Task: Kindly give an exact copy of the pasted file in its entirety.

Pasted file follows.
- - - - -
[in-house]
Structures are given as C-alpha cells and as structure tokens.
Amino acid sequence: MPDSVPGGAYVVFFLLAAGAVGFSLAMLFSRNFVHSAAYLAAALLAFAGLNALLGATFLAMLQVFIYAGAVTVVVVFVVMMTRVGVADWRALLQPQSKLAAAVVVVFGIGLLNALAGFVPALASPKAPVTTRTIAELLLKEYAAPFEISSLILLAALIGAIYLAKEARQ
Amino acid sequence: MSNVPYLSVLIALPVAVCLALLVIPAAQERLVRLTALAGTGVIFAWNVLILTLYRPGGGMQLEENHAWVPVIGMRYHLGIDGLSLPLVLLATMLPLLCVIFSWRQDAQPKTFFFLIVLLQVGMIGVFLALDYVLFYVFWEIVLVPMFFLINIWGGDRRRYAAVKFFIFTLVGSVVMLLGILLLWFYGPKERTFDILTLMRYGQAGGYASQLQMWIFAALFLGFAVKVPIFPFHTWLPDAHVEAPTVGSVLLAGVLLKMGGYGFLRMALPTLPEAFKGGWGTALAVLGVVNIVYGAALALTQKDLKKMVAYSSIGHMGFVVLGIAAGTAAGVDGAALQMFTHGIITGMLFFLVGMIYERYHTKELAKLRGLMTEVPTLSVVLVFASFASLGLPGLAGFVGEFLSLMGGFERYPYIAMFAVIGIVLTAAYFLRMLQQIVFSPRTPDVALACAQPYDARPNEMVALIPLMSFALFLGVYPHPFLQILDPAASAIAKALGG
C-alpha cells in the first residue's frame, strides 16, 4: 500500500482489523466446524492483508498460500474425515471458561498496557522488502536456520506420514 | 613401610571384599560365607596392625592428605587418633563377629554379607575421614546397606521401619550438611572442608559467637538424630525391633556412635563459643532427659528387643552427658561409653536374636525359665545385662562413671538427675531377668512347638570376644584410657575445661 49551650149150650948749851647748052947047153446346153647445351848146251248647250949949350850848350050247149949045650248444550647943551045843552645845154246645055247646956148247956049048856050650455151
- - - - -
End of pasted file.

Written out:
[in-house]
Structures are given as C-alpha cells and as structure tokens.
Amino acid sequence: MPDSVPGGAYVVFFLLAAGAVGFSLAMLFSRNFVHSAAYLAAALLAFAGLNALLGATFLAMLQVFIYAGAVTVVVVFVVMMTRVGVADWRALLQPQSKLAAAVVVVFGIGLLNALAGFVPALASPKAPVTTRTIAELLLKEYAAPFEISSLILLAALIGAIYLAKEARQ
Amino acid sequence: MSNVPYLSVLIALPVAVCLALLVIPAAQERLVRLTALAGTGVIFAWNVLILTLYRPGGGMQLEENHAWVPVIGMRYHLGIDGLSLPLVLLATMLPLLCVIFSWRQDAQPKTFFFLIVLLQVGMIGVFLALDYVLFYVFWEIVLVPMFFLINIWGGDRRRYAAVKFFIFTLVGSVVMLLGILLLWFYGPKERTFDILTLMRYGQAGGYASQLQMWIFAALFLGFAVKVPIFPFHTWLPDAHVEAPTVGSVLLAGVLLKMGGYGFLRMALPTLPEAFKGGWGTALAVLGVVNIVYGAALALTQKDLKKMVAYSSIGHMGFVVLGIAAGTAAGVDGAALQMFTHGIITGMLFFLVGMIYERYHTKELAKLRGLMTEVPTLSVVLVFASFASLGLPGLAGFVGEFLSLMGGFERYPYIAMFAVIGIVLTAAYFLRMLQQIVFSPRTPDVALACAQPYDARPNEMVALIPLMSFALFLGVYPHPFLQILDPAASAIAKALGG
C-alpha cells in the first residue's frame, strides 16, 4: 500500500482489523466446524492483508498460500474425515471458561498496557522488502536456520506420514 | 613401610571384599560365607596392625592428605587418633563377629554379607575421614546397606521401619550438611572442608559467637538424630525391633556412635563459643532427659528387643552427658561409653536374636525359665545385662562413671538427675531377668512347638570376644584410657575445661 49551650149150650948749851647748052947047153446346153647445351848146251248647250949949350850848350050247149949045650248444550647943551045843552645845154246645055247646956148247956049048856050650455151